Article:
Police: 3 terror suspects at NATO summit were plotting to hit Obama's campaign HQs
Chicago — Three men charged with conspiring to commit domestic terrorism during the NATO summit were plotting to attack President Obama's Chicago campaign headquarters, the Chicago mayor's home and police stations, authorities said Saturday.
A police investigation that began early this month revealed that the three suspects are "self-proclaimed anarchists" and members of the "Black Bloc" group who traveled together from Florida to Chicago to commit violence as a protest against the NATO summit, authorities said in a statement.
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The three men were planning to destroy police cars and attack four Chicago Police Department district stations with destructive devices as a way to undermine police response to other planned actions at the NATO summit, according to a statement by Cook County State's Attorney Anita Alvarez and Chicago Police Superintendent Garry McCarthy.
Downtown Chicago financial institutions were also among the proposed targets, authorities said.
An Illinois judge set bail at $1.5 million for each of the three suspects.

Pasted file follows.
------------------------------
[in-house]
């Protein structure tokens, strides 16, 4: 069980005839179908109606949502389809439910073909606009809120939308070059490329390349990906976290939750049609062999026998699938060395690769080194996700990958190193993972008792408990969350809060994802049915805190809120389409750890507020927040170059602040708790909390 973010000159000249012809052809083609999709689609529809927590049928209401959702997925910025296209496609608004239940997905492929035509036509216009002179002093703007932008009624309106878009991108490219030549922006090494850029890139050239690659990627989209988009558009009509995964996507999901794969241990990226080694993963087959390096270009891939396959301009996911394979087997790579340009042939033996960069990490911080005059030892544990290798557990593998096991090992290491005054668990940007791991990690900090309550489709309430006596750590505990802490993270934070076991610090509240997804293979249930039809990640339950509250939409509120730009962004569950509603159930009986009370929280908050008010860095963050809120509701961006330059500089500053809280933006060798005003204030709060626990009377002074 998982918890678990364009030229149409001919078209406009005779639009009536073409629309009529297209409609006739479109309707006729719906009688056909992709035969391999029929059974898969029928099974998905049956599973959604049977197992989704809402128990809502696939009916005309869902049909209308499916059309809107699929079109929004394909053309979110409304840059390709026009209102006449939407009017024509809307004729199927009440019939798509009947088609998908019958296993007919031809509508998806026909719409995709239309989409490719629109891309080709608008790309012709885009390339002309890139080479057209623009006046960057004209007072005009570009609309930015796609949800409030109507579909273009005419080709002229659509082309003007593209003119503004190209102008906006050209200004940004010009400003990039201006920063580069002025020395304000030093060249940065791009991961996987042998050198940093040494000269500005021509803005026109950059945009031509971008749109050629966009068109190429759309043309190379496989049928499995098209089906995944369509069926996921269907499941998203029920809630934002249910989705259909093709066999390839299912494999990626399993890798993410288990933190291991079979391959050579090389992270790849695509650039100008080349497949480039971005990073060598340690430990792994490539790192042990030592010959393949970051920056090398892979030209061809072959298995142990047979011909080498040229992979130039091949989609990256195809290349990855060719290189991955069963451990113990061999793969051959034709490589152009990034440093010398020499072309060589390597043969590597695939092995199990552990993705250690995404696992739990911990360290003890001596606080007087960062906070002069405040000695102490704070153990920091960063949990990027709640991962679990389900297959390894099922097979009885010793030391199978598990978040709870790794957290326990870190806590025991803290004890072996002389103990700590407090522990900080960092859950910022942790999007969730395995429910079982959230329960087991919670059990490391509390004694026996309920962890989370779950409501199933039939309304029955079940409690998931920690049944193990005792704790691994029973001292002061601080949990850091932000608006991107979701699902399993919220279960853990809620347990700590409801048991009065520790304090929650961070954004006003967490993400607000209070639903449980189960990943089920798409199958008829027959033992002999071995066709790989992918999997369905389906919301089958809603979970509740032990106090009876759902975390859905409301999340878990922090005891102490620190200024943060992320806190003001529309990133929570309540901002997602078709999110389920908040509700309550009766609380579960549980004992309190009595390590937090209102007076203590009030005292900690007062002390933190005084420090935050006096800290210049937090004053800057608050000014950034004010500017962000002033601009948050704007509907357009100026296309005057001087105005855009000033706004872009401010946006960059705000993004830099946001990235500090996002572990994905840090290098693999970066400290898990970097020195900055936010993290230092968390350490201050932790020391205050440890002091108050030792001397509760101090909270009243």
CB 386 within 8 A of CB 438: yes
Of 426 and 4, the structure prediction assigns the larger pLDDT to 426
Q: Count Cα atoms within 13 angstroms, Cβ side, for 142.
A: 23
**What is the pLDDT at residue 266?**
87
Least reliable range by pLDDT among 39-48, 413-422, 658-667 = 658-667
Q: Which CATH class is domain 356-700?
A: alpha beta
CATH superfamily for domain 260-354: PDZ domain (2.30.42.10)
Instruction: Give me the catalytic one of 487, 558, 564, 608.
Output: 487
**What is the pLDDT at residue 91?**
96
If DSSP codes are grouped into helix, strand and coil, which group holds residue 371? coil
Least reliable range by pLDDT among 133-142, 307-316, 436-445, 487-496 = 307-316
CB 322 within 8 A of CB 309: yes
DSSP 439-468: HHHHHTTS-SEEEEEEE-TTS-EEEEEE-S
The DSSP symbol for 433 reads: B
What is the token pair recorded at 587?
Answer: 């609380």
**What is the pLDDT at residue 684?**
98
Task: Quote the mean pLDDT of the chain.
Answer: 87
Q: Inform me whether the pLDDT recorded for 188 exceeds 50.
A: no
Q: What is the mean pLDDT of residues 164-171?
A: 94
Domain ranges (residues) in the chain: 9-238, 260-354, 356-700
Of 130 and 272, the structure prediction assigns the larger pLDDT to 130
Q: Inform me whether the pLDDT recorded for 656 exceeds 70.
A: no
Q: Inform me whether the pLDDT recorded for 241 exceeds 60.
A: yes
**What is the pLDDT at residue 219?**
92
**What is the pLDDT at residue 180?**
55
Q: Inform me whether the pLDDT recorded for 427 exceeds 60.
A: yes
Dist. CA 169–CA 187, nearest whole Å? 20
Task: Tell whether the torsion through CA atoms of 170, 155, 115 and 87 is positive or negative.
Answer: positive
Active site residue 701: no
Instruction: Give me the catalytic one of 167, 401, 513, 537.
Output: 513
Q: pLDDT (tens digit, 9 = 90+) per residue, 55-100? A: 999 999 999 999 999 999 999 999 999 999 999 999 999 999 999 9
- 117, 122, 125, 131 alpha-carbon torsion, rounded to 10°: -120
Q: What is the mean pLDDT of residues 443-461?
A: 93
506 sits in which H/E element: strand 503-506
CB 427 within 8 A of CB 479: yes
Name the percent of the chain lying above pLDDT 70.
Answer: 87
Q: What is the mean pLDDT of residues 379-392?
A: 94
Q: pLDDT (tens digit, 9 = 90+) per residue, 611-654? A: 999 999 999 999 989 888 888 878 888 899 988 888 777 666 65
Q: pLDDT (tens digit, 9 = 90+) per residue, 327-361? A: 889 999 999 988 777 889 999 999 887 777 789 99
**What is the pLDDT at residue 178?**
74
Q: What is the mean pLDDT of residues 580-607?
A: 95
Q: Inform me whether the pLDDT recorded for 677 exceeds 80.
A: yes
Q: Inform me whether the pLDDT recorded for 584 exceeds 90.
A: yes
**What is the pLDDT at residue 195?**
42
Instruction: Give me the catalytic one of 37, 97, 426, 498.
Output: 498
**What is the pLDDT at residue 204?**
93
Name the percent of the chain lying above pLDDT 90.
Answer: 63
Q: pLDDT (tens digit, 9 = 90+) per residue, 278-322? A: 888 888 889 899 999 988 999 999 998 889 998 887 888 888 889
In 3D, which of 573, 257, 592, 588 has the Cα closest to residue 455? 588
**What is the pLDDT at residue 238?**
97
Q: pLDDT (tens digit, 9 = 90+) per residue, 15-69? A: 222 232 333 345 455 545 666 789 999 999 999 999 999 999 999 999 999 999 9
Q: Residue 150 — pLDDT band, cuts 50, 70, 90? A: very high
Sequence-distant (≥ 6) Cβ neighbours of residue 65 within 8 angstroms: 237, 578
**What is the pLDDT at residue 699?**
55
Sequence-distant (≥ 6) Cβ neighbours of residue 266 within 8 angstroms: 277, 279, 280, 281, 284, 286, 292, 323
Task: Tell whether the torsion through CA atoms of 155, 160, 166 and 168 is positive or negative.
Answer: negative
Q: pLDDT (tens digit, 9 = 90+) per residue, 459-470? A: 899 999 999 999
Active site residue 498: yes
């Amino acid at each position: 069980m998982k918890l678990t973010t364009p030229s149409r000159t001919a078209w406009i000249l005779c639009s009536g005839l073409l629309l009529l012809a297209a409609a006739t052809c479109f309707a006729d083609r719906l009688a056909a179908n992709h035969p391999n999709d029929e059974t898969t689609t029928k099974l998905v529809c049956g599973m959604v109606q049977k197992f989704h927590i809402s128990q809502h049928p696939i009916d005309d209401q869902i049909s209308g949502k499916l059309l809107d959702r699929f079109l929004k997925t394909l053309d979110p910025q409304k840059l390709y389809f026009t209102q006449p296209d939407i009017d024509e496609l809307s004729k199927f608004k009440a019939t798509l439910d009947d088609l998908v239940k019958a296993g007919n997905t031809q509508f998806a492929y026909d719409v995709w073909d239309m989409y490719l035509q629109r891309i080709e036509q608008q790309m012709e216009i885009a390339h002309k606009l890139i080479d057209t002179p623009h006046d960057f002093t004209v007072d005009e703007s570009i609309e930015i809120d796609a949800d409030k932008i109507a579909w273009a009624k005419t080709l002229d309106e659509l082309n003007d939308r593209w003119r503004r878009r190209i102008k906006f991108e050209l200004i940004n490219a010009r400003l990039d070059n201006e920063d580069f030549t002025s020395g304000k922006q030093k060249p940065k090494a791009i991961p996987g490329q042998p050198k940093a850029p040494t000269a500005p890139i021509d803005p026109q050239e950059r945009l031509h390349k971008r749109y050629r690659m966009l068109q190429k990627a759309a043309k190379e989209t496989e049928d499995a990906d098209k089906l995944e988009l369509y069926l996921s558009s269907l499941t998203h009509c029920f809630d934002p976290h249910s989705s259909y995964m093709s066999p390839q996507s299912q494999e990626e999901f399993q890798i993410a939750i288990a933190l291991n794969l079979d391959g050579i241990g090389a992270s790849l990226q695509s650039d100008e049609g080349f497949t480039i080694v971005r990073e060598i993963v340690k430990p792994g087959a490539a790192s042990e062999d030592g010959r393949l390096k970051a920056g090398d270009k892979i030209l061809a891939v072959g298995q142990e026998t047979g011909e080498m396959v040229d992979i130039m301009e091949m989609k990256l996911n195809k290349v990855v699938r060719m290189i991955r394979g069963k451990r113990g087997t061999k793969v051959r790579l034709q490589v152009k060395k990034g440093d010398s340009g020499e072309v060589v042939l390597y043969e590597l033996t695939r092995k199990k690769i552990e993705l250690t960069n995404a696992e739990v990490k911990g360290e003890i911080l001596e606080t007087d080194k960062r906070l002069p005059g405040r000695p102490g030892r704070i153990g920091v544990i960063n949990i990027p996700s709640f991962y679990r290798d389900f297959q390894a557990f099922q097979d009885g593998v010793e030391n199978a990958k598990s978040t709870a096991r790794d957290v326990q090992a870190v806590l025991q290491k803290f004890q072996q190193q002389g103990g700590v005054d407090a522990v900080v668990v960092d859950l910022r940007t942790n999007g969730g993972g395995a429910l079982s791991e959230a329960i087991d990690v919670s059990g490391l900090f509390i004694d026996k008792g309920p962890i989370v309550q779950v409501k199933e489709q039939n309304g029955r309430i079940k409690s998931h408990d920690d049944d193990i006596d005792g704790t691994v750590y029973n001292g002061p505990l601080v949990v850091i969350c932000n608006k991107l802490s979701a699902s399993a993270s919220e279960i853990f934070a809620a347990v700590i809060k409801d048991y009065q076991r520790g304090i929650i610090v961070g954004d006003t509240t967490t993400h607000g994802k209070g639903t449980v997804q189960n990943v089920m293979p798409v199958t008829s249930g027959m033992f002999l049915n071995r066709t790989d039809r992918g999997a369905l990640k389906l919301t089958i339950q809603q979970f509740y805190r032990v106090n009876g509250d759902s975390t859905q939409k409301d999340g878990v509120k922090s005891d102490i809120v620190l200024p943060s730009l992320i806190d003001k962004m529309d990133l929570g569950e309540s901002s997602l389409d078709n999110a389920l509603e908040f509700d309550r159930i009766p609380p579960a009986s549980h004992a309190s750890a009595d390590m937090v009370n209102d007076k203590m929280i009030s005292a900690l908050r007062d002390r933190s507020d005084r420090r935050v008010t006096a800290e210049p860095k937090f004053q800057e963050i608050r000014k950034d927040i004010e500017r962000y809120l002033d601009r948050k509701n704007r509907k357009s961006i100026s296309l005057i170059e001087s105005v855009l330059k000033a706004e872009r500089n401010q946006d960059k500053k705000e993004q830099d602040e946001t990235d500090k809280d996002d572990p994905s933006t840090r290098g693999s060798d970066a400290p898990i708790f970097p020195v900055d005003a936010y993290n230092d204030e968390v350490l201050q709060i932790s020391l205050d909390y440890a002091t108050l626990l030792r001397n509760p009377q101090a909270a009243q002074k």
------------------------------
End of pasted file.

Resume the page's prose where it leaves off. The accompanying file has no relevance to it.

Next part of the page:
In court, prosecutors accused the three men of "preparing for violence and destruction," such as stockpiling Molotov cocktails and other weapons, and planning attacks on police.
But the defense called those accusations "propaganda" and contended authorities "infiltrated" a peaceful group and set up the three men.
Brian Church, Jared Chase and Brent Betterly -- all described as "out-of-state men" -- were charged with criminal acts relating to terrorism, conspiracy to commit terrorism and possession of explosives, the Cook County State's Attorney office said.
The judge set the three defendants' next court date for Tuesday.
On Sunday, NATO kicks off its two-day summit in Chicago, and the war in Afghanistan is expected to dominate discussions. Afghan President Hamid Karzai and Pakistani President Asif Zardari are both expected to attend the meeting.
A user's guide to the NATO summit
NATO leaders are currently on a timetable to withdraw all of the alliance's combat troops from Afghanistan in 2014.